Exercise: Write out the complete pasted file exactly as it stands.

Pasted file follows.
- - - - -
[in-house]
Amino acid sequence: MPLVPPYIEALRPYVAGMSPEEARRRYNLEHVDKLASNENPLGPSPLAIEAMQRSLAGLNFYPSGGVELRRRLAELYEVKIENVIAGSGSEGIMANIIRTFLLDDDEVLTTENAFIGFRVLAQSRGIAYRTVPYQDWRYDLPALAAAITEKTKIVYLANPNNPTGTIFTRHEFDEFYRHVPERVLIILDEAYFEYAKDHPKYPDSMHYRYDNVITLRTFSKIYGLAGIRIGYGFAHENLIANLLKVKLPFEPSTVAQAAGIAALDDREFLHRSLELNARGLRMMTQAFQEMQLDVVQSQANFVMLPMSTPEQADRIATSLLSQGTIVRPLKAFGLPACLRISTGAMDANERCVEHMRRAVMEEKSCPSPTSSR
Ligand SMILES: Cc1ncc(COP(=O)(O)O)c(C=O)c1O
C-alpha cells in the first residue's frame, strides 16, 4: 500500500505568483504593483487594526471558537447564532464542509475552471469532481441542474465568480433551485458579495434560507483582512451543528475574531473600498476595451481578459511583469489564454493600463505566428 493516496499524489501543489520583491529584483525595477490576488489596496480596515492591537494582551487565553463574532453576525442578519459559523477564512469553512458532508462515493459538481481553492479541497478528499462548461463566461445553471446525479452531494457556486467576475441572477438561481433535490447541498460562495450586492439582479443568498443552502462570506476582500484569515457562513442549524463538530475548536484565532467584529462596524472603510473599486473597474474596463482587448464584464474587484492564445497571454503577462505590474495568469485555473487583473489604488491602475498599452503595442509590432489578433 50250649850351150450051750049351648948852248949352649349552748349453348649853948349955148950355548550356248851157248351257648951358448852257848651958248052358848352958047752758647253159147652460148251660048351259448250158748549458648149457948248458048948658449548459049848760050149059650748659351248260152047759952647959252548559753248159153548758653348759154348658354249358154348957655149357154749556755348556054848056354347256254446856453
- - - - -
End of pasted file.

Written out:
[in-house]
Amino acid sequence: MPLVPPYIEALRPYVAGMSPEEARRRYNLEHVDKLASNENPLGPSPLAIEAMQRSLAGLNFYPSGGVELRRRLAELYEVKIENVIAGSGSEGIMANIIRTFLLDDDEVLTTENAFIGFRVLAQSRGIAYRTVPYQDWRYDLPALAAAITEKTKIVYLANPNNPTGTIFTRHEFDEFYRHVPERVLIILDEAYFEYAKDHPKYPDSMHYRYDNVITLRTFSKIYGLAGIRIGYGFAHENLIANLLKVKLPFEPSTVAQAAGIAALDDREFLHRSLELNARGLRMMTQAFQEMQLDVVQSQANFVMLPMSTPEQADRIATSLLSQGTIVRPLKAFGLPACLRISTGAMDANERCVEHMRRAVMEEKSCPSPTSSR
Ligand SMILES: Cc1ncc(COP(=O)(O)O)c(C=O)c1O
C-alpha cells in the first residue's frame, strides 16, 4: 500500500505568483504593483487594526471558537447564532464542509475552471469532481441542474465568480433551485458579495434560507483582512451543528475574531473600498476595451481578459511583469489564454493600463505566428 493516496499524489501543489520583491529584483525595477490576488489596496480596515492591537494582551487565553463574532453576525442578519459559523477564512469553512458532508462515493459538481481553492479541497478528499462548461463566461445553471446525479452531494457556486467576475441572477438561481433535490447541498460562495450586492439582479443568498443552502462570506476582500484569515457562513442549524463538530475548536484565532467584529462596524472603510473599486473597474474596463482587448464584464474587484492564445497571454503577462505590474495568469485555473487583473489604488491602475498599452503595442509590432489578433 50250649850351150450051750049351648948852248949352649349552748349453348649853948349955148950355548550356248851157248351257648951358448852257848651958248052358848352958047752758647253159147652460148251660048351259448250158748549458648149457948248458048948658449548459049848760050149059650748659351248260152047759952647959252548559753248159153548758653348759154348658354249358154348957655149357154749556755348556054848056354347256254446856453